It Is said. ':.;. • - -.-•'. •-;,' • ■ ••'. * -„- -yy--- ".'-''A-A
The money will be judiciously given out between . now an*
Tuesday to prevent Pettit from winning in the first election. Th<
barrel -will be opened along the -waterfront,' iv the cheap rooming'
houses and In some shops and factories.' '■:<-■ "•• * yi.A-;
Willi the prospect that Tacoma will remain closed as to gam* '.X
bling and a restricted district for four years, and that saloons will
be compelled to obey the law,;tlie old gang.that formerly carried
things with a high hand lias been growing desperate within the past:■'.".'■
few days. \\i :■'. ' --y—.—.',''y •• y ■:'•—■■■•*.•■** y- -..". ;;'•<*
Pettlt's administration has been without scandal, or the slight*
est grounds for a recall. They believe that be will continue this
course if re-elected, and that there wilt be no way of opening up, .
within four years. '."■:.* y: -■-■• 'A-i^fy
We're likely to hear more about the slush fund In the next
couple of days. - >'.■ " '•**,•' s
■' •— ■ *' - -- " '--•" «.'4#
-* A. U. Mills, open town, open shop candidate against Pattlt, has
left town. The questions fired at Mills ln his last meetings have :
worried him. He may not appear again at the meetings during the XX'
first campaign at least. . >-„ ■%.."•v-j-js<,_*_£
.< ."In any case, he won't address any mors women's meetings,?
said one Mills worker today. "The women ask too many questions.
He isn't going to count on getting their support anyway. •:* y,f- ;j\;
The socialists are working hard and are figuring on getting Into -
the finals with at least one man. ■ Barth, formerly a candidate for
mayor, will nose Mills out, they figure, leaving the open town' man i;y
ln third place with the final race (or commissioner of safety between
Barth and Pettit. ' : ; . .'";v*f ••, 'IXXX
„.., . .».,,...-.-...->--.„> , ■^m^yy'y ; ..-■••.?. .V ,■;■•-.* • : . V.;.'.,.:",/ A->*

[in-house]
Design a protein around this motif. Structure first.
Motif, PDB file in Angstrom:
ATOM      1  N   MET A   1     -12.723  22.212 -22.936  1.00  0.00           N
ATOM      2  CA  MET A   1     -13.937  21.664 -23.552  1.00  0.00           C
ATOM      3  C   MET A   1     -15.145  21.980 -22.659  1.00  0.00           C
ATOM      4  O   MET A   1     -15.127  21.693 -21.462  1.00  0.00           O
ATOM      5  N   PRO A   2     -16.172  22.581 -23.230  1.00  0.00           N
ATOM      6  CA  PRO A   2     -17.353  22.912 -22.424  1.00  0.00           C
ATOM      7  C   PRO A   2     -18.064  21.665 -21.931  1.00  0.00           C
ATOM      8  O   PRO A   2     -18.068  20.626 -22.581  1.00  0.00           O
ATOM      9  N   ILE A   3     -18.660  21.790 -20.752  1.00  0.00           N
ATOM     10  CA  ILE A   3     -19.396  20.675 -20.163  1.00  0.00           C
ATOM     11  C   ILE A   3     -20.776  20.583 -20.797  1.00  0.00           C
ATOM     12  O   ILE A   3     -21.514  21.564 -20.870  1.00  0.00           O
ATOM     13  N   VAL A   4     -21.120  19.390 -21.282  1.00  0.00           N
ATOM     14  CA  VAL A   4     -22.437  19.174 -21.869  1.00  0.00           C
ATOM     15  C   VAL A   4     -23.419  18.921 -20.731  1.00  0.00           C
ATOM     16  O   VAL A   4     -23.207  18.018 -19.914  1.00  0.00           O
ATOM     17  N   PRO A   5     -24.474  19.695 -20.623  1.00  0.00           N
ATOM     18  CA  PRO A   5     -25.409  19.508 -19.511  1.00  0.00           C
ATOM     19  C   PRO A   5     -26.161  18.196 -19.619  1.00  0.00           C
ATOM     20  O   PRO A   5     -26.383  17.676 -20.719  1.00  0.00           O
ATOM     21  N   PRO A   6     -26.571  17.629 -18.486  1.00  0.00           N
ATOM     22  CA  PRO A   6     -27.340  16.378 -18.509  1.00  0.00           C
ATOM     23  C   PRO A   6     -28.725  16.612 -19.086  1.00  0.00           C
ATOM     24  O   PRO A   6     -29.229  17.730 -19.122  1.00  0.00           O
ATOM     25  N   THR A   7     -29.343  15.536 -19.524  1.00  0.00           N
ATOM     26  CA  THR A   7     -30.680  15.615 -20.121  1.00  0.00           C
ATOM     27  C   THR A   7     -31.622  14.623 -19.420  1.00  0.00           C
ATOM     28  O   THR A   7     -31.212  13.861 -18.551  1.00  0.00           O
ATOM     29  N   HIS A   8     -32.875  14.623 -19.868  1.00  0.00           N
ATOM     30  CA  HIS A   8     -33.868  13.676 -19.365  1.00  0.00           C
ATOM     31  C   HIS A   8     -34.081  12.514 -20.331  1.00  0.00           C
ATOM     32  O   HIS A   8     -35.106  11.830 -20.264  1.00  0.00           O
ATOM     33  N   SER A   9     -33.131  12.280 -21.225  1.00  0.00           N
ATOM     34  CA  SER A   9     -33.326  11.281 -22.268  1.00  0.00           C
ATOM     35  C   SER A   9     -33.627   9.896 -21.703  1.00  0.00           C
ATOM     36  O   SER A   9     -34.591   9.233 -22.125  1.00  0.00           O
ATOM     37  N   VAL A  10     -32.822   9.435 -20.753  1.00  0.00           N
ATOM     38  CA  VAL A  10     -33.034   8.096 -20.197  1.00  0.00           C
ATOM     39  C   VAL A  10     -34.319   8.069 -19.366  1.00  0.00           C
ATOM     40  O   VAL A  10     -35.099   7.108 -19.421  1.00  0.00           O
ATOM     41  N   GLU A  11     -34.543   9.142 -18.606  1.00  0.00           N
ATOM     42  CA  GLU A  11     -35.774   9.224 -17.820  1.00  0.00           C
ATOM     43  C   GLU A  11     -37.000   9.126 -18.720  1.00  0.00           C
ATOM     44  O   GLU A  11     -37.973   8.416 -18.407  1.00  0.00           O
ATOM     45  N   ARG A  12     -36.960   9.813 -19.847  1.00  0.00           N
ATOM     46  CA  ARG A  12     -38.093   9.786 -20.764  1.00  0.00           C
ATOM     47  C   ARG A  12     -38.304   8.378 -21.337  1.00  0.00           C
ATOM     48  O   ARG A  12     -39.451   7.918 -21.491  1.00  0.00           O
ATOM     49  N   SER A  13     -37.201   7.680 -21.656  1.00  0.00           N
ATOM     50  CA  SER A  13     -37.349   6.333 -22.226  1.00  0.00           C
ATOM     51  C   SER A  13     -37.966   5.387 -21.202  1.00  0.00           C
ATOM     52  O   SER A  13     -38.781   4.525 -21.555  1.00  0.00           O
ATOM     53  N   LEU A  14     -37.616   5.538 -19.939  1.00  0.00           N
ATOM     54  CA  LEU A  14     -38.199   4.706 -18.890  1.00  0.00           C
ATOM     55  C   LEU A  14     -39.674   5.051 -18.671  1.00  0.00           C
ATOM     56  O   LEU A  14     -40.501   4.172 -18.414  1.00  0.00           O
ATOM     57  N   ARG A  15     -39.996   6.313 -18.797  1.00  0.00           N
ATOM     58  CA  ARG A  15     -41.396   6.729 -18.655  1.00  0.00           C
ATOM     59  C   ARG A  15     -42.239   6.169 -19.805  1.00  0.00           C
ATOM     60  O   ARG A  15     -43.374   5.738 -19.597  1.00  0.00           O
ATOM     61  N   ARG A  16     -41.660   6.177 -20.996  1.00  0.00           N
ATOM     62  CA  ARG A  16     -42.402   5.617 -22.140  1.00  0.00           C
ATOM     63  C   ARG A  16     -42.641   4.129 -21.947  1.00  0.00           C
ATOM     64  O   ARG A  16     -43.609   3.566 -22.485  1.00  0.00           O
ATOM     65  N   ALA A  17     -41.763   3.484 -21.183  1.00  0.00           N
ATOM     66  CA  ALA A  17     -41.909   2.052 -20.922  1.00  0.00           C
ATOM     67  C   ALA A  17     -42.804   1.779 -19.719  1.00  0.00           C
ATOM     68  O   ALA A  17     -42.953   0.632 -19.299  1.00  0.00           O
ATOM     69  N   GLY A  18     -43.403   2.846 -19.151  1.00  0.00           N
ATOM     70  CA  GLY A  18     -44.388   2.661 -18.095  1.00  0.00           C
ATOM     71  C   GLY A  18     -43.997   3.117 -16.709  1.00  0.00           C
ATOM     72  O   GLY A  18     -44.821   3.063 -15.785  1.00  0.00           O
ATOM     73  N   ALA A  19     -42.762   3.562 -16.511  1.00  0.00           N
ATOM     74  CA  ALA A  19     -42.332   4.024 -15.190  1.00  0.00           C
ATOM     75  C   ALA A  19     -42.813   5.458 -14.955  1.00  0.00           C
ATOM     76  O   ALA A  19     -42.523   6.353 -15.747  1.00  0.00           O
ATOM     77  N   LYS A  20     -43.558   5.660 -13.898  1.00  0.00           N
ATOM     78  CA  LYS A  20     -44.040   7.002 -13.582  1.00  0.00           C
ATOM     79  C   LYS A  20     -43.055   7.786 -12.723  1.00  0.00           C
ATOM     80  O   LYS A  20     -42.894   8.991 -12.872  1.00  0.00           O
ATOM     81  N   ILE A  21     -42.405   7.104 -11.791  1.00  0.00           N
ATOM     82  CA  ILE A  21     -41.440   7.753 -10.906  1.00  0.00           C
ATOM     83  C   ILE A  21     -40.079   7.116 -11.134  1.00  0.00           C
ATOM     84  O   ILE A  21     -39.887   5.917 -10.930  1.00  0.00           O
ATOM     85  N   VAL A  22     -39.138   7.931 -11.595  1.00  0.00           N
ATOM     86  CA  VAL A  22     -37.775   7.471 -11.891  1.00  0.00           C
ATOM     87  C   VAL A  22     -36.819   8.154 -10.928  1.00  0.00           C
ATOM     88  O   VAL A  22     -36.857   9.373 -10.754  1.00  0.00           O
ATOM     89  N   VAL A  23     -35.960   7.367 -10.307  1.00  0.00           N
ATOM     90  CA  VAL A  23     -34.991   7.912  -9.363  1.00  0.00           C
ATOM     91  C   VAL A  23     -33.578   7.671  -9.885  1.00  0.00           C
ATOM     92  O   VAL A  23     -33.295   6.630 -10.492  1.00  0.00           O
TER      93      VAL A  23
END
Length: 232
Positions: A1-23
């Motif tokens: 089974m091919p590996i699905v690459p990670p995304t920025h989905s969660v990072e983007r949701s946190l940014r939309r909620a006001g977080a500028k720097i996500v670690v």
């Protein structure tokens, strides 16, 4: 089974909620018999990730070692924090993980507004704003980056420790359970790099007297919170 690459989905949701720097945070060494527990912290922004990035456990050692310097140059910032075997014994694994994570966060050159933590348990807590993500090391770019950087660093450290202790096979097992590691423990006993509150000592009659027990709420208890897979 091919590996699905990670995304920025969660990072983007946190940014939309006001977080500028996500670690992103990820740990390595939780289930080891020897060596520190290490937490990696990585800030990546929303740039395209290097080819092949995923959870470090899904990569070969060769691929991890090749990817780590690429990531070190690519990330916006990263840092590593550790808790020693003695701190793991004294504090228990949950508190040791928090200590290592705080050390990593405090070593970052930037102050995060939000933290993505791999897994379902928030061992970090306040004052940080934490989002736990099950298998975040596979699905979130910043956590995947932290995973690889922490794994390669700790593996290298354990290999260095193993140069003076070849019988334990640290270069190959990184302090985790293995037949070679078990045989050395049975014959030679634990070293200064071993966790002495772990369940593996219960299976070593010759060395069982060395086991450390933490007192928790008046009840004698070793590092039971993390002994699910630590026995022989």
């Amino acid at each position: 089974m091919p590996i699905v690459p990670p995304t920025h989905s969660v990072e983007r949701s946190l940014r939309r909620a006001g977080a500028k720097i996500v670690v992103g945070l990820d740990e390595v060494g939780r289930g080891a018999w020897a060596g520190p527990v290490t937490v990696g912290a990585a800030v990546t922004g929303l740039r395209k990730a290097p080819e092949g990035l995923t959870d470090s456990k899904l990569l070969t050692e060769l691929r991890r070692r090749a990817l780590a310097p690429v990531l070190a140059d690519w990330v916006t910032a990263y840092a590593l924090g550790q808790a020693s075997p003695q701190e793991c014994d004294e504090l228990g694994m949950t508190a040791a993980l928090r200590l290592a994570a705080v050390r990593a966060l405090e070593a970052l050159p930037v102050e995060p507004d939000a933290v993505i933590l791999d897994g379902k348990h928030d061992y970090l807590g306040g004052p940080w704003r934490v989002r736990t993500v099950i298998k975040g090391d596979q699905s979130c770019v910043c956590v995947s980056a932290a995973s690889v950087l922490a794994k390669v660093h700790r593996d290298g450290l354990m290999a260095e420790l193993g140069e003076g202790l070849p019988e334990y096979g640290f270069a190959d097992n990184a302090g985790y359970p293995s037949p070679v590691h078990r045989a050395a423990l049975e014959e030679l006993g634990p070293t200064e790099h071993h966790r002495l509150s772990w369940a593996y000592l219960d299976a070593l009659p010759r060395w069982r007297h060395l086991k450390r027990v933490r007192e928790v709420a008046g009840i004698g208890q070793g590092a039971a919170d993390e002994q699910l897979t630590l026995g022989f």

'■-.?■■ "This man Mills has the ncr ye to say he's a friend of labor,'*;.',;
said one labor leader today. "I c aught him twice violating the X .
eight hour law on public work. '.■' 7 ■■ :■■• '• A-,\.y..: ;.._-;. 'i-'-i-yy.-yAitiyTf,
--"One was a bridge near Sum ner. ...I went to the count commis- .
sioners about It and they ordered Mills to.obey the lew.', yf : /i V;X>"
'.'Another time his foreman o ame to labor headquarters to pick '
up men. 'How man hours are you working?' I asked. 'Nine and
ten hours,' he said. 'And It's a p übllo job?' ■'.■- 'Sure,' he said. yy} X-jJ;
"I put that up to the commissioners and they made Mills obey,
the law there too. ,-'-■':-. '■'.'■"■ V ;'-':'•'■-:--i :*' '■-'•'',v*n *£•'*:
"I put this all up to Mills lately when be was trying to explain is.
that he had been square with org anlzed labor, and he tried to evade
it by saying the he wasnt respons lble. * But I know that he paid
some of the. material bills." -y**'y. 'A f '*,>- i.*.. '■' .''A&,
OLYMPlA—Carrying a letter
from ' Governor.: Hay ] of * Washing
ton to Governor Dix of New York,
Clyde Patton and Guy Neely, two
19-year-old boys, will leave April
1 on a walk across the continent
to Albany, New York.
SEATTLE — Three physicians
are Interested today ln tbe report
of Dr. Benjamin S. Paschall, who
says that Dr. John Tledeman died
here yesterday of a hookworm
disease. According to City Health
Commissioner Crltchton but one
report of hookworm I cases" have
ever come . to him bfore and In
neither of these did death result.
Dr. Tledeman contracted the 1 die
ease, lt is believed, making labor
atory tests on the hookworm In
San Francisco In 1909.:..,..,,
check, good for one loaf of bread,
nearly caused the death of little
Joe Lessitz, aged "3. The '--' boy